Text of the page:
United States District Court, D. Idaho
MEMORANDUM DECISION AND ORDER
Lynn Winmill, Chief Judge United States District Court.
the Court are Defendants' Blaine County, Gene D. Ramsey,
Gooding County, Shaun Gough, William Shubert, and Jesus
Gonzalez's Motion to Dismiss (Dkt. 17) and Kevin
Wayt's Motion to Dismiss (Dkt. 30). The matters are fully
briefed. For the reasons set forth below, the Court will
grant Defendants' motion to dismiss the state law claims
against Ramsey, Gough, Shubert, and Gonzalez without leave to
amend. In addition, the Court will grant Defendant Wayt's
Motion to Dismiss, but with leave to amend.
Rule of Civil Procedure 8(a)(2) requires only “a short
and plain statement of the claim showing that the pleader is
entitled to relief, ” in order to “give the
defendant fair notice of what the . . . claim is and the
grounds upon which it rests.” Bell Atlantic Corp.
v. Twombly, 550 U.S. 544, 555, 127 S.Ct. 1955, 1964
(2007). While a complaint attacked by a Rule 12(b)(6) motion
to dismiss “does not need detailed factual allegations,
” it must set forth “more than labels and
conclusions, and a formulaic recitation of the elements of a
cause of action will not do.” Id. at 555. To
survive a motion to dismiss, a complaint must contain
sufficient factual matter, accepted as true, to “state
a claim to relief that is plausible on its face.”
Id. at 570. A claim has facial plausibility when the
plaintiff pleads factual content that allows the court to
draw the reasonable inference that the defendant is liable
for the misconduct alleged. Id. at 556. The
plausibility standard is not akin to a “probability
requirement, ” but it asks for more than a sheer
possibility that a defendant has acted unlawfully.
Id. Where a complaint pleads facts that are
“merely consistent with” a defendant's
liability, it “stops short of the line between
possibility and plausibility of ‘entitlement to
relief.' ” Id. at 557.
Supreme Court identified two “working principles”
that underlie Twombly in Ashcroft v. Iqbal,
556 U.S. 662, 678 (2009). First, the court need not accept as
true, legal conclusions that are couched as factual
allegations. Id. Rule 8 does not “unlock the
doors of discovery for a plaintiff armed with nothing more
than conclusions.” Id. at 678-79. Second, to
survive a motion to dismiss, a complaint must state a
plausible claim for relief. Id. at 679.
“Determining whether a complaint states a plausible
claim for relief will . . . be a context-specific task that
requires the reviewing court to draw on its judicial
experience and common sense.” Id.
dismissal without leave to amend is improper unless it is
beyond doubt that the complaint “could not be saved by
any amendment.” Harris v. Amgen, Inc., 573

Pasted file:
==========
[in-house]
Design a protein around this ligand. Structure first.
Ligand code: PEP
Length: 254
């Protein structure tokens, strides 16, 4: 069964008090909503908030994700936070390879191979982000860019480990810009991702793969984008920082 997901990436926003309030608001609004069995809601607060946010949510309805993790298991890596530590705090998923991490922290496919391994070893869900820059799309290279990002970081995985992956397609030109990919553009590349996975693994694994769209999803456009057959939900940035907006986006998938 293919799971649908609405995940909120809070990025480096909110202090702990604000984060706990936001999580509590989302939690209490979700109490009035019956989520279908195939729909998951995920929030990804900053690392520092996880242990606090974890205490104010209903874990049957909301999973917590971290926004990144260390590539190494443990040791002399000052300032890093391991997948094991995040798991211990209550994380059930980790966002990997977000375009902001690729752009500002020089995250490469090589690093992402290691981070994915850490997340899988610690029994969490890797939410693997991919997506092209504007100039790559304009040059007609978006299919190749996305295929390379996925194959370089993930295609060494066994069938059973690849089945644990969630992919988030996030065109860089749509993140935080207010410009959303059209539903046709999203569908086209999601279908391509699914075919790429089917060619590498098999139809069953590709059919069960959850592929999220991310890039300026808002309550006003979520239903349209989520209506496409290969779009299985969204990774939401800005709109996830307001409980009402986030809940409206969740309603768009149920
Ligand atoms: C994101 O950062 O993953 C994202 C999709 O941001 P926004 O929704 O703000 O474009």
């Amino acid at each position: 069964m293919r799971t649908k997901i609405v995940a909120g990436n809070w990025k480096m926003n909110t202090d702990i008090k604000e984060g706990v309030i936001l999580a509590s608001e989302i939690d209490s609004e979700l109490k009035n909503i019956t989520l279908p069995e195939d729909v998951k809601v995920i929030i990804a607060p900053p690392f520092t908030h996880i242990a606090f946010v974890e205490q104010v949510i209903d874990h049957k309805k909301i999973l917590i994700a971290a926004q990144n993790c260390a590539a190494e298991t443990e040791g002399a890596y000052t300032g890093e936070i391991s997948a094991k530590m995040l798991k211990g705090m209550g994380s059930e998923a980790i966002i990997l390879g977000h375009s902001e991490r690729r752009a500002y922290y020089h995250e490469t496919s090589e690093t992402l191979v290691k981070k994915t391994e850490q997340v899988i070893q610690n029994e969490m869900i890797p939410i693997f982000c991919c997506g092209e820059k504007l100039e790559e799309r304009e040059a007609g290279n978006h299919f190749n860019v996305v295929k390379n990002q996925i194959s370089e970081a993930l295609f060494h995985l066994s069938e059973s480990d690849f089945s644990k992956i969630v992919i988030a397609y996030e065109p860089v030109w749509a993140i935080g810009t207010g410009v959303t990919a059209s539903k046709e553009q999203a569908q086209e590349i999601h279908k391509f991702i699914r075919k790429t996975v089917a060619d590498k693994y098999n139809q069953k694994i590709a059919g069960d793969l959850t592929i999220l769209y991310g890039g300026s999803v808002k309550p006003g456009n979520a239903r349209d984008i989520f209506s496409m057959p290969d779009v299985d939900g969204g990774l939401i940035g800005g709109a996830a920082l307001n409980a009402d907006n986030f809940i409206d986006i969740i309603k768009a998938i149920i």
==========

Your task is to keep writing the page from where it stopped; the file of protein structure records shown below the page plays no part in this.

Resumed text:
F.3d 728, 737 (9th Cir. 2009) (issued 2 months after
Iqbal). The Ninth Circuit has held that “in
dismissals for failure to state a claim, a district court
should grant leave to amend even if no request to amend the
pleading was made, unless it determines that the pleading
could not possibly be cured by the allegation of other
facts.” Cook, Perkiss and Liehe, Inc. v. Northern
California Collection Service, Inc., 911 F.2d 242, 247
(9th Cir. 1990). The issue is not whether plaintiff will
prevail but whether he “is entitled to offer evidence
to support the claims.” Diaz v. Int'l Longshore
and Warehouse Union, Local 13, 474 F.3d 1202, 1205 (9th
Cir. 2007)(citations omitted).
Complaint, Hanson alleges Fifth, Eighth, and Fourteenth
Amendment violations pursuant to 42 U.S.C. § 1983. The
defendants in these motions are all law enforcement officers
in various positions and from different counties. Ramsey was
the elected Sheriff of Blaine County, Idaho. Gough, Shubert,
and Gonzalez were all members of Gooding County law
enforcement. Gough was the sheriff; Shubert was a Corporal;
Gonzalez was an Officer. Wayt was a Parole Officer for the
State of Idaho.
arrested Hanson around September 19, 2014 for an alleged
parole violation. Compl. ¶ 16. At the time of
his arrest, Hanson allegedly informed Wayt he had recently
had surgery on his right eye and required prescription eye
drops. Id. at ¶ 17. Wayt refused to allow him
to take his prescription eye drops with him to the county
was booked into Blaine County Jail and later transferred to
Gooding County jail on September 22, 2014. He alleges that,
despite informing members of the County Jails of his need for
the eye drops, that the Defendants deprived him of his eye
drops for at least six days. Id. at ¶ 18-22.
Hanson experienced retinal detachment in his right eye
requiring two surgical procedures to repair it. As a result,
he has suffered permanent vision lost in his right eye.
Id. at ¶ 24.
Motion to Dismiss (Dkt. 17) - Bond Requirement
Gough, Shubert, and Gonzalez seek to dismiss the state law
claims for failure to post bond under Idaho Code §
6-610. Section 6-610 requires that “[b]efore any civil
action may be filed against any law enforcement officer or
service of civil process on any law enforcement officer,
” plaintiffs must post a bond prior to or
simultaneously with the filing of the complaint. I.C. §
6-610(2). Although not a jurisdictional requirement, posting
bond is ...